insider trading | Definition

Doc's CJ Glossary by Adam J. McKee
Course: Criminal Law

Insider trading, in the context of criminal law, is the act of trading financial securities like stocks, bonds, or options using confidential, non-public information.

Let’s break down insider trading to understand it better. Imagine you’re at a game of poker, but you have an unfair advantage: you can see everyone else’s hand. This is much like insider trading. It occurs when an individual has access to private information about a company’s financial status or future plans that isn’t yet available to the public. This information can be about upcoming mergers, acquisitions, earnings reports, or anything that might affect the company’s stock price.

Just like seeing other players’ hands in poker gives you an unfair advantage, insider trading provides an unfair edge in the stock market. It’s like you’re cheating in a game where everyone else is playing fair.


There are two main types of insider trading: “Classic” and “Tipper-Tippee.” The classic version is when a person within a company, such as an executive or a board member, uses privileged information to trade stocks. They’re on the inside, hence the term “insider trading.”

On the other hand, “Tipper-Tippee” involves a person outside the company. In this case, someone inside the company shares non-public information with a friend or family member. The receiver of this information, known as the “tippee,” then uses this information to trade stocks. This sharing of confidential information can even extend further, with the tippee sharing the information with others, creating a chain of illegal trading.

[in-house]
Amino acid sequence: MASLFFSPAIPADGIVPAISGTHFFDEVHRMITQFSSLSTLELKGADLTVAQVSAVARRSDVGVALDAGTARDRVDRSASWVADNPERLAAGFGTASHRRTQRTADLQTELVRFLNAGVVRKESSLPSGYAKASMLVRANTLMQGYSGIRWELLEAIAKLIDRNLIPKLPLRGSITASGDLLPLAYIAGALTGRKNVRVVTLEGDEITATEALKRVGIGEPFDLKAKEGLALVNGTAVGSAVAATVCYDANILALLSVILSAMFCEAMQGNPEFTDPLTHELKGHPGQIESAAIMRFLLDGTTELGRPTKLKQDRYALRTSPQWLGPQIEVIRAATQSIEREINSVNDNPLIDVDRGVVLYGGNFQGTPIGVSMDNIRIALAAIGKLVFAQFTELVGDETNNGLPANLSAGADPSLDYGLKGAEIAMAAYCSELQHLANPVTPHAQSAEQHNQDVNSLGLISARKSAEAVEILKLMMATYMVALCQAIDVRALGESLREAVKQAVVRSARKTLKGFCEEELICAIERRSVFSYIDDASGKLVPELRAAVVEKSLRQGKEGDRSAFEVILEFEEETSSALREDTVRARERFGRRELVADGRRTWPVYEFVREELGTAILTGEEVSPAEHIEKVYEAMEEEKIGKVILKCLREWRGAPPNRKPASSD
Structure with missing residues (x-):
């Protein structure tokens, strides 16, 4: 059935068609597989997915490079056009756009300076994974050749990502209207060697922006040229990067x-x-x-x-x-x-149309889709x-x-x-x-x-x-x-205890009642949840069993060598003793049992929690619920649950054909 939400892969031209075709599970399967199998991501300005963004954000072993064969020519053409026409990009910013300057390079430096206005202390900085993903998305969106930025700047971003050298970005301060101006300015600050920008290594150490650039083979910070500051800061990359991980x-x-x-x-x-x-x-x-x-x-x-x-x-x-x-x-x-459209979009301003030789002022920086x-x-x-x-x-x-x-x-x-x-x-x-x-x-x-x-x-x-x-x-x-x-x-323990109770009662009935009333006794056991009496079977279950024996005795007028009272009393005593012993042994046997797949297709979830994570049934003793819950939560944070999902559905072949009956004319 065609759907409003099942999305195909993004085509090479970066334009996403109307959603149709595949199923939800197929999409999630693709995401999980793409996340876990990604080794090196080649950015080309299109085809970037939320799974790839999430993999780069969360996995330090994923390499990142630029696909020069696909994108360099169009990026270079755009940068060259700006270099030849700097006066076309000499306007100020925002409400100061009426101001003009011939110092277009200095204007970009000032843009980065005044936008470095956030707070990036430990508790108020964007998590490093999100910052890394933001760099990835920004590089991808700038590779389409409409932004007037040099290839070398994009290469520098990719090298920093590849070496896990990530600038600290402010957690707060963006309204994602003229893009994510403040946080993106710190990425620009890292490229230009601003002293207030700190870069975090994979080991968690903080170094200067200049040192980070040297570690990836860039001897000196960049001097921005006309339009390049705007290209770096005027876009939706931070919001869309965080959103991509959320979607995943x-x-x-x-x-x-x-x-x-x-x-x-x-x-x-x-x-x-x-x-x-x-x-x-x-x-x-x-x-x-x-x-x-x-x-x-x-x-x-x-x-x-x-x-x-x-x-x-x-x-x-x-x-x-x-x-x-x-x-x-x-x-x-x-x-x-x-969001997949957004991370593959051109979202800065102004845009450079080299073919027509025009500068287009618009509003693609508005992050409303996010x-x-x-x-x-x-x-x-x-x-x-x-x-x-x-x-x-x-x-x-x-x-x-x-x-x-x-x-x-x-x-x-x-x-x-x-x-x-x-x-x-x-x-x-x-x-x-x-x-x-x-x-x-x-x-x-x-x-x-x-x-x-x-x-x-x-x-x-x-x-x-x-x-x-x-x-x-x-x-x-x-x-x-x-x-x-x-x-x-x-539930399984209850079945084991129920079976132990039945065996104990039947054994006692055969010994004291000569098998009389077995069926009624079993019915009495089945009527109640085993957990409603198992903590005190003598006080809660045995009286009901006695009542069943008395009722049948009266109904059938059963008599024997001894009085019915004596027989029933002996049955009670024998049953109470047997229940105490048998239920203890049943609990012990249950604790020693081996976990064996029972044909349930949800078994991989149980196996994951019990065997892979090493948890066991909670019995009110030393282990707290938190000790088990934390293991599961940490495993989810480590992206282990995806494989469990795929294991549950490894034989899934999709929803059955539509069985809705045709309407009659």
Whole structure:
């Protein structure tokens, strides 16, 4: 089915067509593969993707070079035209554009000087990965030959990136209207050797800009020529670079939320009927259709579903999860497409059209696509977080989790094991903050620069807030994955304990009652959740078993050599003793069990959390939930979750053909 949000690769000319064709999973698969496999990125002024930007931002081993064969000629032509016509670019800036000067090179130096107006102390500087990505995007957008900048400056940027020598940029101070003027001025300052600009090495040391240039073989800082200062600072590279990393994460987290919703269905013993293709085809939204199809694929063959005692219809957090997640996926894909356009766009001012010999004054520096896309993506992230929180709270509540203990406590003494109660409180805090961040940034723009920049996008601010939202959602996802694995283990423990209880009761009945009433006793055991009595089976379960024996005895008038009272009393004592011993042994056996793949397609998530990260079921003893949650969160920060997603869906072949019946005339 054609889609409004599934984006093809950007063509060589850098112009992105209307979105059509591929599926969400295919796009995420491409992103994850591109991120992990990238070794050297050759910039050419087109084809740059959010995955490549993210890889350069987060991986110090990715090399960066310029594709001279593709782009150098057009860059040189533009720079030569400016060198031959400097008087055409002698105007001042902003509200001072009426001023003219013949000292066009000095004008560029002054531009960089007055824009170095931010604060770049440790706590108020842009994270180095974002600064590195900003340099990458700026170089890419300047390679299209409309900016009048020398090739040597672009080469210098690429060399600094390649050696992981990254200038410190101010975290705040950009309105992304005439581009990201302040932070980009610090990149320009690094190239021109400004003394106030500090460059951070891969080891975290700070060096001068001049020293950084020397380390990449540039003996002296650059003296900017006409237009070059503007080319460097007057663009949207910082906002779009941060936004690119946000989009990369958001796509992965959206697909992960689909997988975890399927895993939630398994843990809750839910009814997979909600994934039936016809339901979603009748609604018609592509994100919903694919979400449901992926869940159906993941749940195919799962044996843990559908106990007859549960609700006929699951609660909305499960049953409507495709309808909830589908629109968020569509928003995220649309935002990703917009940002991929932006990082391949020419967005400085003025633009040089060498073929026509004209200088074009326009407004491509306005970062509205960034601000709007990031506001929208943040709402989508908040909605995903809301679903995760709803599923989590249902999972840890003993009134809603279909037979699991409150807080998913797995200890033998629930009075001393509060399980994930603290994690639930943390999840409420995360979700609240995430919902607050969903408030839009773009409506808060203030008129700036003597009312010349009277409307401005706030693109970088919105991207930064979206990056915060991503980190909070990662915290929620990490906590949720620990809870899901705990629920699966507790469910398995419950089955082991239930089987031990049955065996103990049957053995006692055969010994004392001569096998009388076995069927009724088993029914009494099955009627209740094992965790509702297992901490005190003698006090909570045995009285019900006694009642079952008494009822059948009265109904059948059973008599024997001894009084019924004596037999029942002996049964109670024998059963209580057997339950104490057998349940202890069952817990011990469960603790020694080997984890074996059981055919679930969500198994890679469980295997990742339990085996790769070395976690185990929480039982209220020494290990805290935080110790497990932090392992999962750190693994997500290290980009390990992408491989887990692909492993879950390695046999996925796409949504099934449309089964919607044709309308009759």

Why Is It Illegal?

Why can’t you trade with the knowledge you have? The reason is simple: it’s not fair. In a healthy stock market, all investors should have the same access to information. This ensures equal opportunity for everyone to make wise investment decisions.

However, such trading disrupts this balance. It lets a select few make profitable trades at the expense of the general investing public who are in the dark about the non-public information.

Moreover, it undermines trust in the financial market. Investors need to have confidence in the fairness of the market. If people believe that insider trading is widespread, they might be less willing to invest. This lack of trust can destabilize the market and hamper economic growth.

The Consequences of Insider Trading

Engaging in insider trading is a serious crime and has severe consequences. Individuals caught insider trading can face heavy fines and imprisonment, and may have to return any profits made from illegal trades. Additionally, the company where the insider trading took place could also be held liable. It could face both criminal and civil charges and may have to pay substantial penalties.

In conclusion, this practice is a serious offense in criminal law. It refers to using non-public information to gain an unfair advantage in trading securities, such as stocks, bonds, or options. It’s not just about individual insiders: friends or family who receive tips can also be implicated. Insider trading undermines trust in the market and has severe consequences for individuals and companies involved.

[ Glossary ]

Last Modified: 05/26/2023

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